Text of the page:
Fantasy Book Review: Fury of the Tomb

Fury From the Tomb: The Institute for Singular Antiquities Book I by SA Sidor

Saqqara, Egypt, 1888, and in the booby-trapped tomb of an ancient sorcerer, Rom, a young Egyptologist, makes the discovery of a lifetime: five coffins and an eerie, oversized sarcophagus. But the expedition seems cursed, for after unearthing the mummies, all but Rom die horribly. He faithfully returns to America with his disturbing cargo, continuing by train to Los Angeles, home of his reclusive sponsor. When the train is hijacked by murderous banditos in the Arizona desert, who steal the mummies and flee over the border, Rom – with his benefactor’s rebellious daughter, an orphaned Chinese busboy, and a cold-blooded gunslinger – must ride into Mexico to bring the malevolent mummies back. If only mummies were their biggest problem.

On his first trip to Egypt, Rom unearths a great find. However, a curse seems to be unleashed as well. And tragedy soon strikes. Upon his return to America, Rom encounters more obstacles on his way back to his benefactor with the mummies. And he’ll be lucky to escape with his life.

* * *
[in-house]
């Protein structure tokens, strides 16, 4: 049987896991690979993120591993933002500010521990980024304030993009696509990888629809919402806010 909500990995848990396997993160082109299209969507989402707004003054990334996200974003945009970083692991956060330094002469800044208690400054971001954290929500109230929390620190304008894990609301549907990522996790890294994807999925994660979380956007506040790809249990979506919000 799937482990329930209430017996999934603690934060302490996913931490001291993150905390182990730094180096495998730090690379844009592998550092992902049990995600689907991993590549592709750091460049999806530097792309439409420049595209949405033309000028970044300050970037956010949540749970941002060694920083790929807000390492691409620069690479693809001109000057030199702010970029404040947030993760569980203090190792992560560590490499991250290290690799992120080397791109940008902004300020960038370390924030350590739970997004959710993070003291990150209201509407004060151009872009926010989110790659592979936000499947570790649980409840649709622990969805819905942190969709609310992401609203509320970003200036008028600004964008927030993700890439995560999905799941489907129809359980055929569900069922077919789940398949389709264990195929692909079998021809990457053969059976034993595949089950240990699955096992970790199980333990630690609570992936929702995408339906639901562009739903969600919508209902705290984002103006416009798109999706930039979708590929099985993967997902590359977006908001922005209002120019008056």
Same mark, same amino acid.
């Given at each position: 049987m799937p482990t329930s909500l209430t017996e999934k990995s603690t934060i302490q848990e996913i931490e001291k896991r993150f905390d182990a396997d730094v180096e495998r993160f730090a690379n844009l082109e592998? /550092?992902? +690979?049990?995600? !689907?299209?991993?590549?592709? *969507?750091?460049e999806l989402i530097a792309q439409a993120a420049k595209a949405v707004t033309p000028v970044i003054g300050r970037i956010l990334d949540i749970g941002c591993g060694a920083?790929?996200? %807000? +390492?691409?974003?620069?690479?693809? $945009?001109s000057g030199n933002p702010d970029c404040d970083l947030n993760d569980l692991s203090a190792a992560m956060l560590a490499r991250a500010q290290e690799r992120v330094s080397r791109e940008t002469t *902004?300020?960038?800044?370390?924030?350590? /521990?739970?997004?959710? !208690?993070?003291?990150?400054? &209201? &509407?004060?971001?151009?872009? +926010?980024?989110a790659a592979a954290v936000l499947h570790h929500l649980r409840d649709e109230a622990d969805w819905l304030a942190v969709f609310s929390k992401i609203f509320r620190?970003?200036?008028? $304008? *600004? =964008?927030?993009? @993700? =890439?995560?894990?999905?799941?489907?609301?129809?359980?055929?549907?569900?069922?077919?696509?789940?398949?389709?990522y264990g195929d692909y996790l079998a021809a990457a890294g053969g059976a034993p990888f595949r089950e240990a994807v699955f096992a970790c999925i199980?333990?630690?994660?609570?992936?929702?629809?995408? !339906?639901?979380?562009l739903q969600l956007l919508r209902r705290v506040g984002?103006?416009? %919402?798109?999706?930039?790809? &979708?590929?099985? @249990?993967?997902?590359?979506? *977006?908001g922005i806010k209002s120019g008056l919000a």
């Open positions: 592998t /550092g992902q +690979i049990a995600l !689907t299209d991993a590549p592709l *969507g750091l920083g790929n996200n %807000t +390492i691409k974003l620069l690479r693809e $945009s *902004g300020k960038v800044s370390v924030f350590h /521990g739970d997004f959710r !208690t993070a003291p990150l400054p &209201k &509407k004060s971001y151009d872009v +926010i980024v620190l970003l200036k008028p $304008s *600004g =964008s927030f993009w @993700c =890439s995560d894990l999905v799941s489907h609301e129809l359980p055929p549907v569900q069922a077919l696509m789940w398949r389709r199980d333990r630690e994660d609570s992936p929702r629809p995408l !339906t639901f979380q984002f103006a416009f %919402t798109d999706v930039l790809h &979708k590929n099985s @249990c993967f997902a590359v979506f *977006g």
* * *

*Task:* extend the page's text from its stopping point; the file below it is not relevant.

Fury From the Tomb is a fun, dark fantasy that feels a bit like Indiana Jones and the Temple of Doom. With creepy mummies, claustrophobic tombs, ghouls, and vampires – this story doesn’t lack for danger and suspense. It’s action-packed excitement from beginning to end. The strength of this story is the intense action paired with a bit of humor to lighten the mood. I’d love to see more character development from Rom, as the story is told from his point of view. I thoroughly enjoyed this start to a new series. And I look forward to more of Rom’s adventures.